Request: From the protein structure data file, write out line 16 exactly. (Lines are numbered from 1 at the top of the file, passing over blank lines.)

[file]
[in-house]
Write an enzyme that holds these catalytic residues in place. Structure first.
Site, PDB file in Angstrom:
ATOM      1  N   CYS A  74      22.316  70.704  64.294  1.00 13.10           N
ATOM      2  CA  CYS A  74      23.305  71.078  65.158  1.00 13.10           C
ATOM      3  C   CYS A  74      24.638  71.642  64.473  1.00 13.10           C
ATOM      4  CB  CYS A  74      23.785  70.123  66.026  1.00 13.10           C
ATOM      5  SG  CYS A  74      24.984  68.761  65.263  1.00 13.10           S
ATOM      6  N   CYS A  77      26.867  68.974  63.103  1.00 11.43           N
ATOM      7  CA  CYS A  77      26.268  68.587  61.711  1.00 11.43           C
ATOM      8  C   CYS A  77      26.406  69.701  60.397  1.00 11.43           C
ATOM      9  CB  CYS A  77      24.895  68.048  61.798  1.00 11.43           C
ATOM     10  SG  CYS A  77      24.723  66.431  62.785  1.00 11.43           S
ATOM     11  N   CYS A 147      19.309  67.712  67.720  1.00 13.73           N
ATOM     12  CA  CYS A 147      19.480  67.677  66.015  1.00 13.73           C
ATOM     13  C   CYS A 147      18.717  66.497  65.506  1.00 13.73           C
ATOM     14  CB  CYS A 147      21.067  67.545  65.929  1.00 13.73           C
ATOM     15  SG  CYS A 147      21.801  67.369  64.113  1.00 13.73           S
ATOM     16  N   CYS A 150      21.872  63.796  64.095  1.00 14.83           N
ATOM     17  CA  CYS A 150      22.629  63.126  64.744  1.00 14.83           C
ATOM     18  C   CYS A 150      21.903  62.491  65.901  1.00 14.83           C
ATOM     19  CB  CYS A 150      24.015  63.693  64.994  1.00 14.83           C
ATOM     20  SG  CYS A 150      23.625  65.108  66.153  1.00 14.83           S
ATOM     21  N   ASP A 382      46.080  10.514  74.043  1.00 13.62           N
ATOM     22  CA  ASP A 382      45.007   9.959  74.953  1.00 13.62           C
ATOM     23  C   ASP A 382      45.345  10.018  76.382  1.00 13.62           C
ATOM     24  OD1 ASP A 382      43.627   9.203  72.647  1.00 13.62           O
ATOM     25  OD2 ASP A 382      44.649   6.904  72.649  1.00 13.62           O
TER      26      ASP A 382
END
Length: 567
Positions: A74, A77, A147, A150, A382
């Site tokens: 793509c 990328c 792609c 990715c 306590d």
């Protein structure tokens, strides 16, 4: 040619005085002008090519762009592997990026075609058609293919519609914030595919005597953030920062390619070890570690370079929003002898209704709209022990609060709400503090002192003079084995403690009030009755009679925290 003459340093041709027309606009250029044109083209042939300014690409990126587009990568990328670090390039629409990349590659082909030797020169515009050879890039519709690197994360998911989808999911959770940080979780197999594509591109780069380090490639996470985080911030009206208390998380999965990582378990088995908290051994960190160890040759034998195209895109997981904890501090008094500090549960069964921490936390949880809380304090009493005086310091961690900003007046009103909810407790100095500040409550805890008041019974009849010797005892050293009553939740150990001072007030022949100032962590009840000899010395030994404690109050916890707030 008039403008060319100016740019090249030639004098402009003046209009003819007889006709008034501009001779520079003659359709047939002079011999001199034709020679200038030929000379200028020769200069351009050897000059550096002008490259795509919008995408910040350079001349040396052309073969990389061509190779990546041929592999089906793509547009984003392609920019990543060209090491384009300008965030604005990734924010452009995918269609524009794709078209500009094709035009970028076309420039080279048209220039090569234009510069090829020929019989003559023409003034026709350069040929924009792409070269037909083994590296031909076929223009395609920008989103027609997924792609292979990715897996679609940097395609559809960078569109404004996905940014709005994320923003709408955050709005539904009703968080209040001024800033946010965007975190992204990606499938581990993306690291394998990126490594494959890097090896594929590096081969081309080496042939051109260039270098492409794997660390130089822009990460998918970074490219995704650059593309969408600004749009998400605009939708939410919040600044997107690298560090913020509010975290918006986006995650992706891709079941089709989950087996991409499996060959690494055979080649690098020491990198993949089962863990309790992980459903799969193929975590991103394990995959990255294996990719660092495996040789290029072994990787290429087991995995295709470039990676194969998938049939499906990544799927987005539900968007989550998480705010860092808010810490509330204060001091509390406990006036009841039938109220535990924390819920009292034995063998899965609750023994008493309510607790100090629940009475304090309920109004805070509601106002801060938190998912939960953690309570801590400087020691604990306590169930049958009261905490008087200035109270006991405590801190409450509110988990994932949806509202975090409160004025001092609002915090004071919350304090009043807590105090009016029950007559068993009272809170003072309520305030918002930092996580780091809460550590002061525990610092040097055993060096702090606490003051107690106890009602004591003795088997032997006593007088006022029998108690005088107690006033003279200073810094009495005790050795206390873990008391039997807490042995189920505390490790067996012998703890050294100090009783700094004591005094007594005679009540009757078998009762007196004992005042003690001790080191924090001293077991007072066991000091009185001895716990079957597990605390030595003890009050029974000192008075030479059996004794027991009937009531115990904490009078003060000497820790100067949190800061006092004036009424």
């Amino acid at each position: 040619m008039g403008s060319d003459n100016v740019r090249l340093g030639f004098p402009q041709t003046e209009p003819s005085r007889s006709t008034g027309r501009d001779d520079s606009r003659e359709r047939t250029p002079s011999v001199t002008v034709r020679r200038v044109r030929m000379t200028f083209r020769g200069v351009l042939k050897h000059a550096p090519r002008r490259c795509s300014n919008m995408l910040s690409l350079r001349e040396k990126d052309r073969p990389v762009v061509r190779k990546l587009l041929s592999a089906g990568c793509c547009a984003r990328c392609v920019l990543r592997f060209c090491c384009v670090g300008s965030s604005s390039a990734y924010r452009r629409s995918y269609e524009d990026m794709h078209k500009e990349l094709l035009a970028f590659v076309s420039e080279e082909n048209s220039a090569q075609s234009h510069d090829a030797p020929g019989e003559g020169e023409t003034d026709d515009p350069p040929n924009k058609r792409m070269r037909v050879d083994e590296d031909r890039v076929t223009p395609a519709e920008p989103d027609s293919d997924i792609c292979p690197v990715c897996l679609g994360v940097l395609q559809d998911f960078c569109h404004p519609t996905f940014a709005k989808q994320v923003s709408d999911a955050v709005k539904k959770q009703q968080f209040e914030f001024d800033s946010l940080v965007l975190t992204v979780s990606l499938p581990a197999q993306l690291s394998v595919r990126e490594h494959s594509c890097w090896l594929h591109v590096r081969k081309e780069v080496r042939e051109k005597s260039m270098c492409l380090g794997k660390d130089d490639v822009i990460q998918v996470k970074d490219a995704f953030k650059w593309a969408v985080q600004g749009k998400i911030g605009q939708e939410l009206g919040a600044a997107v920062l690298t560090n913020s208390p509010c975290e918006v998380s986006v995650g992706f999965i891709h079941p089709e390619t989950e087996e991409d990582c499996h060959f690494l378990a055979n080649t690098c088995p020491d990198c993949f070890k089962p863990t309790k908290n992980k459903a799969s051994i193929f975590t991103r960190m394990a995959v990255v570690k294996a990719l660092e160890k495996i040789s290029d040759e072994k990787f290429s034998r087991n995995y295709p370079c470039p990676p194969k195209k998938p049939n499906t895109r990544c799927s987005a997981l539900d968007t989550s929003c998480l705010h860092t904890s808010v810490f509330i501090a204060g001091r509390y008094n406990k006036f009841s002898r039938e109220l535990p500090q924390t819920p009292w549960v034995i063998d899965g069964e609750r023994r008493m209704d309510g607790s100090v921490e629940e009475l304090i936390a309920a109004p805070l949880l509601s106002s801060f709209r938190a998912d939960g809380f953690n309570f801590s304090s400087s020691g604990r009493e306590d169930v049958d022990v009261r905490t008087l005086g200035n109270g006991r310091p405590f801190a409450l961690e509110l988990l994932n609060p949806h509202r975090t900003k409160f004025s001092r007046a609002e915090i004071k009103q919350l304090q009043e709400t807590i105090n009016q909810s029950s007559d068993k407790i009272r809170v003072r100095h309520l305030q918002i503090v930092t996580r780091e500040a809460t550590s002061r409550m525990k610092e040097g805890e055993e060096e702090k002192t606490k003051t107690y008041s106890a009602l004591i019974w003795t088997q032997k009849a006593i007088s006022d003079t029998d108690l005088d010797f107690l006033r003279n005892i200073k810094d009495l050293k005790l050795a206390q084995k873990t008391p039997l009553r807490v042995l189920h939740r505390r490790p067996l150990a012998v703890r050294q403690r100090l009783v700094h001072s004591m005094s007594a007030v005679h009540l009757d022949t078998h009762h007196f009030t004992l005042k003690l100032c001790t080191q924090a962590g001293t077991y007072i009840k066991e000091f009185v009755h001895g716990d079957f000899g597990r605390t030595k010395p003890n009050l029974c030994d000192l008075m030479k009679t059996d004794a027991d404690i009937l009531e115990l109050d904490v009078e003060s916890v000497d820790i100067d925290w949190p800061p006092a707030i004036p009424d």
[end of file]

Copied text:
ATOM     13  C   CYS A 147      18.717  66.497  65.506  1.00 13.73           C